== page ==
Nurse practitioner management of type 2 diabetes.

Journal Article (Journal Article)


Multifactorial barriers prevent primary care clinicians from helping their adult patients with type 2 diabetes achieve good control of hemoglobin A1c (HbA1c) levels. Patients' depression and low self-efficacy can complicate diabetes management by impairing tasks needed for effective disease self-management.


To evaluate whether nurse practitioners in collaborative practices with primary care clinicians are effective in helping improve control of HbA1c, blood pressure (BP), and low-density lipoprotein cholesterol (LDL-C) in adults with uncontrolled hyperglycemia, and to assess whether nurse practitioner-guided care affects depression and self-efficacy in these patients.


De-identified preintervention and postintervention data were collected from prospective review of medical charts of patients in a managed care organization's primary care clinics.

Main outcome measures

Preintervention and postintervention HbA1c values were evaluated as the primary outcome measure. Preintervention and postintervention values for BP, LDL-C, body weight, and depression and self-efficacy scores were secondary outcome measures.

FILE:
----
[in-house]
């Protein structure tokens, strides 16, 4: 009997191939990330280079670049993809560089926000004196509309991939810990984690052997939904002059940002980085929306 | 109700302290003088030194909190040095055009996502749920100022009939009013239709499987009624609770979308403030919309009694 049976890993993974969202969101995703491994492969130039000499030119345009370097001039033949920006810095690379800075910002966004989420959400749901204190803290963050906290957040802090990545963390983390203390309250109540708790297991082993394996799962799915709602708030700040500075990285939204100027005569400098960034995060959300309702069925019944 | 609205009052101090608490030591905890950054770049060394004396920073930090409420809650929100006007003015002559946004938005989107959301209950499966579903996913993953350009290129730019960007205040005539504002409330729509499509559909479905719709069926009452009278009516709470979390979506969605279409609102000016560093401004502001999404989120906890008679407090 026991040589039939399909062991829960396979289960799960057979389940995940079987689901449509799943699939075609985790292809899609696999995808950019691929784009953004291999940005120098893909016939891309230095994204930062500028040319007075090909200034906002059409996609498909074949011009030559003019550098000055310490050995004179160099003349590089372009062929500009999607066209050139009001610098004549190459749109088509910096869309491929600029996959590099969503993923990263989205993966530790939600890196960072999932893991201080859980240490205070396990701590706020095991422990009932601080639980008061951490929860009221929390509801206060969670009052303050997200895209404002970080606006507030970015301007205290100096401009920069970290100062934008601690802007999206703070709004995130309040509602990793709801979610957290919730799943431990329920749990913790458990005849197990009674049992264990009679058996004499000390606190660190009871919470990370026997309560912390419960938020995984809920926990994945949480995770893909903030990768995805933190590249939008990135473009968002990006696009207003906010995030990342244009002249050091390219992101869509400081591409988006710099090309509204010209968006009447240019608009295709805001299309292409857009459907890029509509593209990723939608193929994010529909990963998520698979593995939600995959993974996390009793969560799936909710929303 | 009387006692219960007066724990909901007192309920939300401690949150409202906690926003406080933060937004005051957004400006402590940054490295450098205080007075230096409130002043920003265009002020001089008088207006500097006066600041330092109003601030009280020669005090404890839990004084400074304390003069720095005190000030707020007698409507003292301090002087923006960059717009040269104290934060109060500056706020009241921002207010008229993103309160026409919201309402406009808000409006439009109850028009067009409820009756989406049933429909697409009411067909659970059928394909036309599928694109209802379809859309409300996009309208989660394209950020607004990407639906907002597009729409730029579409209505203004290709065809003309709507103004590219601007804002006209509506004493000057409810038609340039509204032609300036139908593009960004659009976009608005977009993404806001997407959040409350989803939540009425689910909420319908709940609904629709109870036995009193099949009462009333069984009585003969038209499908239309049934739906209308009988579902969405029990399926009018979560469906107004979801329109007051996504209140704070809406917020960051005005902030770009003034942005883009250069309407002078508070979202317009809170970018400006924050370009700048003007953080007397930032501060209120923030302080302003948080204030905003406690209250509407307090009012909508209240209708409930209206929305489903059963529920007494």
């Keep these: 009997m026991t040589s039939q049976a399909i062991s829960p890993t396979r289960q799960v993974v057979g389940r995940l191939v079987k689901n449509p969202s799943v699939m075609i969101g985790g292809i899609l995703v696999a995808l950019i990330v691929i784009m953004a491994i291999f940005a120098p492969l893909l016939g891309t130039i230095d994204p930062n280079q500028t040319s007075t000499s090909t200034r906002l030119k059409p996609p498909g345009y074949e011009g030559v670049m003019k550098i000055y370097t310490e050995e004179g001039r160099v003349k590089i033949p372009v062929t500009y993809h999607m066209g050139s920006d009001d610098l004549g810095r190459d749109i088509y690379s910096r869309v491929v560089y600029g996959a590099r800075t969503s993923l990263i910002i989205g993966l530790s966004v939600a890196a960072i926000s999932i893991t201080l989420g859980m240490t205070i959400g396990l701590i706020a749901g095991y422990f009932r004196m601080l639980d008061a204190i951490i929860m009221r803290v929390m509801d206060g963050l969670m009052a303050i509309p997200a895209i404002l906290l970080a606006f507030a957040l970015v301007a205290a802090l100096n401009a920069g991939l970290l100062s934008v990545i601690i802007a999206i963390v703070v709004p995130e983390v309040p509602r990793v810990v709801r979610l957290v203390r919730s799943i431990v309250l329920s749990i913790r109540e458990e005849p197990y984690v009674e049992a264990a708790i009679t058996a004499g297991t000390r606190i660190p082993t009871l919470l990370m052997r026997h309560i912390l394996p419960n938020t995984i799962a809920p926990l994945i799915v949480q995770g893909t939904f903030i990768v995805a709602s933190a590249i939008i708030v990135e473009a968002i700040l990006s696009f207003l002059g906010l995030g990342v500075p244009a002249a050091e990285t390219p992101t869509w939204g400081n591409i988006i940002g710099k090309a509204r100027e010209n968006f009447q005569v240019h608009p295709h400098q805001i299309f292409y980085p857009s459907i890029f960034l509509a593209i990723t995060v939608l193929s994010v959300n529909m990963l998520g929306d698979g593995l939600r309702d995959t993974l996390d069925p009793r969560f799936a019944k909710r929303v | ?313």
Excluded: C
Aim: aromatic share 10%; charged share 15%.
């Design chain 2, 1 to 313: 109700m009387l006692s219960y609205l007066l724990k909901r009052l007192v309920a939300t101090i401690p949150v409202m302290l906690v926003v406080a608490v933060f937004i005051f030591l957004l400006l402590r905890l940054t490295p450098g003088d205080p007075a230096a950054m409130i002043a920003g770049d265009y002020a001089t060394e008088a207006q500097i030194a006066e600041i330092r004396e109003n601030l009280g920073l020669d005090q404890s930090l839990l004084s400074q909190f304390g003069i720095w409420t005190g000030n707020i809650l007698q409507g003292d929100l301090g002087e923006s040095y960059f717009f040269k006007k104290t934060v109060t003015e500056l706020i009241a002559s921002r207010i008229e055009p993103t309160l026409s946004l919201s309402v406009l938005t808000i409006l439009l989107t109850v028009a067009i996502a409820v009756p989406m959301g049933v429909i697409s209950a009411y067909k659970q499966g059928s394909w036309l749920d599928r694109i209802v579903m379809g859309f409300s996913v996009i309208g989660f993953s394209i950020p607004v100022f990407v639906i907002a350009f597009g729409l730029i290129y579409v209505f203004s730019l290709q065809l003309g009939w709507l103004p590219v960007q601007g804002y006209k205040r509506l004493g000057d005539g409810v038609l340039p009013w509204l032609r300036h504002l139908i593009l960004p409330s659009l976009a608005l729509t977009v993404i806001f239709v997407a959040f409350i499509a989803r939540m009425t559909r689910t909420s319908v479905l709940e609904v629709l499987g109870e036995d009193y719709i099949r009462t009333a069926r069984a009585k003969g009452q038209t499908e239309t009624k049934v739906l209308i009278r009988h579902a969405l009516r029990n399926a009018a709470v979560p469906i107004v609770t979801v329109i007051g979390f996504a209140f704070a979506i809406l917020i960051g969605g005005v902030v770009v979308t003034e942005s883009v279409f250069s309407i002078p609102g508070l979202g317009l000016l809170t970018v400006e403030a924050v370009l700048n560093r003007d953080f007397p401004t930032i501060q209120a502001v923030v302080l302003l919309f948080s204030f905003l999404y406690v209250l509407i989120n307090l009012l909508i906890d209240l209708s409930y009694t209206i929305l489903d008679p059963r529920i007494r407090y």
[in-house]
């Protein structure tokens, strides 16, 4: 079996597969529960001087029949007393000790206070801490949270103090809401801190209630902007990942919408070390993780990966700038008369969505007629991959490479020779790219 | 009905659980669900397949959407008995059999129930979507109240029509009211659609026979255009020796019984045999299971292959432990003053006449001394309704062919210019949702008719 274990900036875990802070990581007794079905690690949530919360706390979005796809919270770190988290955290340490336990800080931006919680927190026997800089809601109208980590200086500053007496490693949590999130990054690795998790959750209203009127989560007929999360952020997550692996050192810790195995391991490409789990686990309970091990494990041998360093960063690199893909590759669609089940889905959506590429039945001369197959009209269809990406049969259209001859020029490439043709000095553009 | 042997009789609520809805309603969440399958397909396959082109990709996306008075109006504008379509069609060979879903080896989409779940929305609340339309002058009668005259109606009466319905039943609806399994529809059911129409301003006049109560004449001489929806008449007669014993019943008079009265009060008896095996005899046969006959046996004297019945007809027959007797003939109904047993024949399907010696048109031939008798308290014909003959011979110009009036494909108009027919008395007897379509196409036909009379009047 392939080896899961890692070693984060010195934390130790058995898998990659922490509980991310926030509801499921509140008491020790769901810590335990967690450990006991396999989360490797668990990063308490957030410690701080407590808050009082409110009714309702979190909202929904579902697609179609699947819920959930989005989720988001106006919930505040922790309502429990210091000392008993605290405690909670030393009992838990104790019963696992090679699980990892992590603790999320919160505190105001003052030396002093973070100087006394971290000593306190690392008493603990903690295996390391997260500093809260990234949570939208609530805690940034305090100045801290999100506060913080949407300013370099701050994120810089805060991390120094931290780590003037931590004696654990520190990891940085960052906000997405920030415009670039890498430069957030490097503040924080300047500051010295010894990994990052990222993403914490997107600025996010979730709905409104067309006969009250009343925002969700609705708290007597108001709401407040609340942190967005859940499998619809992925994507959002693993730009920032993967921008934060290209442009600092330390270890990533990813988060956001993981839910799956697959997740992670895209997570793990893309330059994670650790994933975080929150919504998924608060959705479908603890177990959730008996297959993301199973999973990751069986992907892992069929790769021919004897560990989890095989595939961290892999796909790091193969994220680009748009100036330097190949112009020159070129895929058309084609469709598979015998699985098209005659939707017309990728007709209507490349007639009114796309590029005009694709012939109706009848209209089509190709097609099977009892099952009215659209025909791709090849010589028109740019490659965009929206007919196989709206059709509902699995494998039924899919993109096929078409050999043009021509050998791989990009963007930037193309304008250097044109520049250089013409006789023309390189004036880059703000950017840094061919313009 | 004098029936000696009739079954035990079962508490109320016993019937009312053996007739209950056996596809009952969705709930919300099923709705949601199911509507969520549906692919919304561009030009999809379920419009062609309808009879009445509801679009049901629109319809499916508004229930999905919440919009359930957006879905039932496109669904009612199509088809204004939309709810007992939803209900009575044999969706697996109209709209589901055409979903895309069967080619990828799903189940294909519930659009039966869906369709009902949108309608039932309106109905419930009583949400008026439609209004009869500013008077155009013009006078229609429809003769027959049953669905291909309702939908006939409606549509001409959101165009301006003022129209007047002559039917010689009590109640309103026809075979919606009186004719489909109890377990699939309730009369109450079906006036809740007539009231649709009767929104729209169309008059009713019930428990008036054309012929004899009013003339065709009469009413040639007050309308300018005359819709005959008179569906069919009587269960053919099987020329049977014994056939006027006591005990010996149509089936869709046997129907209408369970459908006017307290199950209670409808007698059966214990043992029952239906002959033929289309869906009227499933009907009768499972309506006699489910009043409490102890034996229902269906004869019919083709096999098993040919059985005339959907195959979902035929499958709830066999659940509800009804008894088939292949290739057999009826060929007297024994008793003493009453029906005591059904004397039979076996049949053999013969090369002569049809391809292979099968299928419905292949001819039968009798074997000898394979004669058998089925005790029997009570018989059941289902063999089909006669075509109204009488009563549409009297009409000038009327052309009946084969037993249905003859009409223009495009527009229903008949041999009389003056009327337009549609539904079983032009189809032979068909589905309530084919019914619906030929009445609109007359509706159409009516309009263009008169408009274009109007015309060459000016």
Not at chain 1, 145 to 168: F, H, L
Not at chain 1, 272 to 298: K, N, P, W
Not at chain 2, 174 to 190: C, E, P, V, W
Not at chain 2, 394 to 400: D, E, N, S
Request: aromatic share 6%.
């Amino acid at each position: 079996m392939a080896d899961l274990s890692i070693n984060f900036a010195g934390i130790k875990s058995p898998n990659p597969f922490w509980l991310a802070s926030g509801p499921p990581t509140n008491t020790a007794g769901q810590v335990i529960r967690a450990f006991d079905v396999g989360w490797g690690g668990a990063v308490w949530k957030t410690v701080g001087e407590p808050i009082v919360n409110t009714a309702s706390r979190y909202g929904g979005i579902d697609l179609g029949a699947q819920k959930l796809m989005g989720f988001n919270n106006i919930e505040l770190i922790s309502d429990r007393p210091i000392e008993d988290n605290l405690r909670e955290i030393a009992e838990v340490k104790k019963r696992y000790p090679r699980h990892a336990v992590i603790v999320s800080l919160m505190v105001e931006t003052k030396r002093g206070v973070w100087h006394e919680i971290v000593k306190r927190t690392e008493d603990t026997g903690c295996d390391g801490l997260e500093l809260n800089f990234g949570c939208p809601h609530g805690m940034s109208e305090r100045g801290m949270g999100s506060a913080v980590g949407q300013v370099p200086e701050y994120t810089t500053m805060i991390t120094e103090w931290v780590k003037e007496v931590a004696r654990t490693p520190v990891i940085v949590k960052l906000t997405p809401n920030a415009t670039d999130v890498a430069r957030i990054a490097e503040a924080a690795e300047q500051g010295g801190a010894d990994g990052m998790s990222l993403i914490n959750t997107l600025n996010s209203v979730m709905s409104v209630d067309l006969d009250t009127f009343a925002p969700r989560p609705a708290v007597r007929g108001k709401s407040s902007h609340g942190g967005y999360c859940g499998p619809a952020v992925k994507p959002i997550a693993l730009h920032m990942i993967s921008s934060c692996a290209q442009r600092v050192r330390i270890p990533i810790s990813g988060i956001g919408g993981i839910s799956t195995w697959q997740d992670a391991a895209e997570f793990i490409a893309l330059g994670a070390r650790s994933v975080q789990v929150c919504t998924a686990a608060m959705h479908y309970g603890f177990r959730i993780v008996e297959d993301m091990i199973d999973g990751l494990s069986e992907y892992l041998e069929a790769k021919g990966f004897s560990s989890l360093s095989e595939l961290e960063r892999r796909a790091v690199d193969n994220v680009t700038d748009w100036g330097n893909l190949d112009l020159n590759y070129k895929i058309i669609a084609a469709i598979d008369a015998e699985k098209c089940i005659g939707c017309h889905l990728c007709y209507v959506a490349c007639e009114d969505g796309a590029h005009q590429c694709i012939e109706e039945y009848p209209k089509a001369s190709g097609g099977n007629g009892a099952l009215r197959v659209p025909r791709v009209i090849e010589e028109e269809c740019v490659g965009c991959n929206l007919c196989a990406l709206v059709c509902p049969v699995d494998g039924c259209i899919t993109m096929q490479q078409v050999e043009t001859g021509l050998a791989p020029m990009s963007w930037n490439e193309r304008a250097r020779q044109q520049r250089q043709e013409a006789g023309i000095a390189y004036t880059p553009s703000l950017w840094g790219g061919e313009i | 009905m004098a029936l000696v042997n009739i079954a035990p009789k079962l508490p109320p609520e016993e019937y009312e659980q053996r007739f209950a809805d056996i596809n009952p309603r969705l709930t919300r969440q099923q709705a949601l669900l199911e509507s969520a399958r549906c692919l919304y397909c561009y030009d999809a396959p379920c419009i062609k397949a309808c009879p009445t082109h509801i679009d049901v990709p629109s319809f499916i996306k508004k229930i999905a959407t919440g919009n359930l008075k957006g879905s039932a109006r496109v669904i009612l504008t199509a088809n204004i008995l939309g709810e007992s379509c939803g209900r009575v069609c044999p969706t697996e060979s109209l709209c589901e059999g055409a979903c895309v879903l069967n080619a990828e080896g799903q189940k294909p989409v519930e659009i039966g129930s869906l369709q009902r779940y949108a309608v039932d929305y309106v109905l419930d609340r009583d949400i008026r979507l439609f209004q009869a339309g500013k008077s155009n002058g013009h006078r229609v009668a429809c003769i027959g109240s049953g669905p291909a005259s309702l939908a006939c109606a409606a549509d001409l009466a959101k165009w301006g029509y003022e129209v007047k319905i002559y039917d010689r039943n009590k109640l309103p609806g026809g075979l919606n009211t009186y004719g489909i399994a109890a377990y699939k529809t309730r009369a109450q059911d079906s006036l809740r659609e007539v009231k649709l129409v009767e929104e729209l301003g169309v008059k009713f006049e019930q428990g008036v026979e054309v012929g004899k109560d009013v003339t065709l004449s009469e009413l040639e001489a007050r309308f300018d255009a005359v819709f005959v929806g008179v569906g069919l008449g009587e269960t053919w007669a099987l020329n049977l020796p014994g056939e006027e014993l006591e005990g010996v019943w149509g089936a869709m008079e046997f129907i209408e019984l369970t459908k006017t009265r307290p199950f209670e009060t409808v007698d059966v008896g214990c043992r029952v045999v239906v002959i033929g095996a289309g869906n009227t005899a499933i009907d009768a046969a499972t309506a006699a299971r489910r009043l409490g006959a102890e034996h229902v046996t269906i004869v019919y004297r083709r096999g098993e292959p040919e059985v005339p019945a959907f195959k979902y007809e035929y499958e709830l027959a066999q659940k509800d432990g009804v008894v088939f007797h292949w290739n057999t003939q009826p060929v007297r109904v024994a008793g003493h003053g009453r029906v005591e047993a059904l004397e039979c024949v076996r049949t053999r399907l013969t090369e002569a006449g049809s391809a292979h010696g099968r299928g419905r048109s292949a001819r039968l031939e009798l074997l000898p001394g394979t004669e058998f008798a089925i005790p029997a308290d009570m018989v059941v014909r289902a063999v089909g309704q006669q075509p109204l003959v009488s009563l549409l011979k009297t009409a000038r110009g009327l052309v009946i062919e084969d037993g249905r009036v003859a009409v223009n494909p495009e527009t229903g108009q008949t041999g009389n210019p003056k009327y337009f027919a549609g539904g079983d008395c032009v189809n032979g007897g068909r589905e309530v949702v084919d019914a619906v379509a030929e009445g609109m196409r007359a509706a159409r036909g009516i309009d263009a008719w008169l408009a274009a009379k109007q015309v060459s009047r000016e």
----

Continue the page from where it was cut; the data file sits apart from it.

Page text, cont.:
After intervention, 50% of 26 patients achieved HbA1c benchmarks, 95.6% achieved systolic and diastolic BP benchmarks, and 57.8% achieved LDL-C benchmarks. Wilcoxon paired samples tests showed significantly increased self-efficacy (z = -3.42, p < 0.001) from preintervention to postintervention. Depression scores decreased slightly from preintervention (mean = 0.44, standard deviation = 1.34, median < 0.001) to postintervention values (mean = 0.18, standard deviation = 0.73, median < 0.001), but this decrease was not significant.


Integrating nurse practitioners into primary care teams to provide innovative methods of support to adults with uncontrolled hyperglycemia improves clinical outcomes and self-efficacy for patients with type 2 diabetes.

Full Text

Duke Authors

Cited Authors

  • Richardson, GC; Derouin, AL; Vorderstrasse, AA; Hipkens, J; Thompson, JA

Published Date

  • January 2014

Published In

Volume / Issue

  • 18 / 2

Start / End Page

  • e134 - e140

PubMed ID

  • 24867560

Pubmed Central ID

  • PMC4022572

Electronic International Standard Serial Number (EISSN)

  • 1552-5775

International Standard Serial Number (ISSN)

  • 1552-5767

Digital Object Identifier (DOI)

  • 10.7812/tpp/13-108


  • eng